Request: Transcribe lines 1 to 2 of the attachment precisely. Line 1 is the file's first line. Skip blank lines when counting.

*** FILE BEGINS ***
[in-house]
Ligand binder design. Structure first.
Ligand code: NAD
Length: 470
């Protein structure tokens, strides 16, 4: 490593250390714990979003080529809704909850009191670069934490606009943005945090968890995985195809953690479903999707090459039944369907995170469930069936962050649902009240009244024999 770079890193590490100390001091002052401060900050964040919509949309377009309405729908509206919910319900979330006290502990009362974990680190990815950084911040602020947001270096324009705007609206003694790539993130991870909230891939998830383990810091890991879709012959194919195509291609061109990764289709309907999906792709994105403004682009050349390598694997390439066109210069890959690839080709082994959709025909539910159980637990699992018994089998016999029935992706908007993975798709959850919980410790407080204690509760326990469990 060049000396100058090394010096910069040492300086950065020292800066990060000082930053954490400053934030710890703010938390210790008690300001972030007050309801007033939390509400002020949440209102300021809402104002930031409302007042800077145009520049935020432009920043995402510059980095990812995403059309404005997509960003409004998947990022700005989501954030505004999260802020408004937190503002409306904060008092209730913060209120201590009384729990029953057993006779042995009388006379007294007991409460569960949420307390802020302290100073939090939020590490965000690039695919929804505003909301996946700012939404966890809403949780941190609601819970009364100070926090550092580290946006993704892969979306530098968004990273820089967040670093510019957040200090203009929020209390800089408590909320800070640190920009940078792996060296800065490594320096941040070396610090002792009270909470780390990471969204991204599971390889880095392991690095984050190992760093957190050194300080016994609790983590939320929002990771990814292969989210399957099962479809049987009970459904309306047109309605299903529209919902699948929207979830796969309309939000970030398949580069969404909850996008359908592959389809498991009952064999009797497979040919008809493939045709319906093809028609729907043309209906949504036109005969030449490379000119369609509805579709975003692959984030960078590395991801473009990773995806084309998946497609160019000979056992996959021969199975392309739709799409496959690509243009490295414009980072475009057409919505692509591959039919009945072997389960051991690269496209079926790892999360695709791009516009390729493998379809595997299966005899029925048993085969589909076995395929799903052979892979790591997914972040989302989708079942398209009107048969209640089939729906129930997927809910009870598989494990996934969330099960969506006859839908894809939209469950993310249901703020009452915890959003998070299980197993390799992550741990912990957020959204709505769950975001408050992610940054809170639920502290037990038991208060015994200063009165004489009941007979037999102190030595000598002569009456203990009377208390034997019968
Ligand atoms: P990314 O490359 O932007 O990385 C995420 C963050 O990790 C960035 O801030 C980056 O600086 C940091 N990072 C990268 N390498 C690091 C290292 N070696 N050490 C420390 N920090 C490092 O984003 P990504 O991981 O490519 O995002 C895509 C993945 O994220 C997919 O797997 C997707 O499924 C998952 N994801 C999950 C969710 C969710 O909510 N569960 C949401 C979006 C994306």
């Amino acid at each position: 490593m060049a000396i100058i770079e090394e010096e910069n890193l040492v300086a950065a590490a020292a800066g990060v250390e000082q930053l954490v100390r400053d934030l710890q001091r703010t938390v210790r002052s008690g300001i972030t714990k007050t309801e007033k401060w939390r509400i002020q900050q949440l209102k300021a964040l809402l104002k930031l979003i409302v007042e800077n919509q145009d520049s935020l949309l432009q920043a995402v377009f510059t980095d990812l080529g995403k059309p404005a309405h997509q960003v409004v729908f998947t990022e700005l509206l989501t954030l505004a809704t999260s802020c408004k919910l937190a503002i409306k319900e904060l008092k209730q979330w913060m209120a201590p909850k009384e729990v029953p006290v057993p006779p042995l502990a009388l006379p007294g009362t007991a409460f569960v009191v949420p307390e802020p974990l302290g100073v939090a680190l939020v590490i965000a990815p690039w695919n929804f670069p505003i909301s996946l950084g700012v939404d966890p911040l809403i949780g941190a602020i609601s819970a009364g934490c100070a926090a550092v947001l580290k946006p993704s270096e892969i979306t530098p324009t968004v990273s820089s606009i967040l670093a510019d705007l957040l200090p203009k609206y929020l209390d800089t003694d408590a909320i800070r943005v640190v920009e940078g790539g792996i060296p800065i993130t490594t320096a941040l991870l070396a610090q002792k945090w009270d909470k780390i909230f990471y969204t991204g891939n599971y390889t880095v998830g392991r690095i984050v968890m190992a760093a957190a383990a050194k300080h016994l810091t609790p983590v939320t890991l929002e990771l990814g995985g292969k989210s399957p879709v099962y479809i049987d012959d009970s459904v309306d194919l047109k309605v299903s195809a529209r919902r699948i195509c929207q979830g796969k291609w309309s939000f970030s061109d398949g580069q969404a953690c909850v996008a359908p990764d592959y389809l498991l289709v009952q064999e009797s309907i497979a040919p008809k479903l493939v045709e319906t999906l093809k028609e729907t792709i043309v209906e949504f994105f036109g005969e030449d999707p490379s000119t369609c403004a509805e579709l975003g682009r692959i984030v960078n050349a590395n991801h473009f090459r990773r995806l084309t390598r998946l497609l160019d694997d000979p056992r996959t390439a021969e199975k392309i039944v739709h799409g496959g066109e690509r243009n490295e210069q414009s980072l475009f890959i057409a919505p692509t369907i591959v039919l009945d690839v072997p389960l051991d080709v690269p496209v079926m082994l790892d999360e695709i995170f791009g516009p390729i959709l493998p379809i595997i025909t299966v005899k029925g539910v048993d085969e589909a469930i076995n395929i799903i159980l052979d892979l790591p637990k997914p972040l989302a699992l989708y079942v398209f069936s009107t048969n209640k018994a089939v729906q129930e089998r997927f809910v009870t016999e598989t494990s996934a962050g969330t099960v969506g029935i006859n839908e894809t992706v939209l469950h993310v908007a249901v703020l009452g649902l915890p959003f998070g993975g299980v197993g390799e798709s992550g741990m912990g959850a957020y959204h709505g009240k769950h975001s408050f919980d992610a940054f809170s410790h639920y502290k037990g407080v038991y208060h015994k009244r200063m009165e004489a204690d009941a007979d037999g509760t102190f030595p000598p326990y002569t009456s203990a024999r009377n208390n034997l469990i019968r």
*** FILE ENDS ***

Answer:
[in-house]
Ligand binder design. Structure first.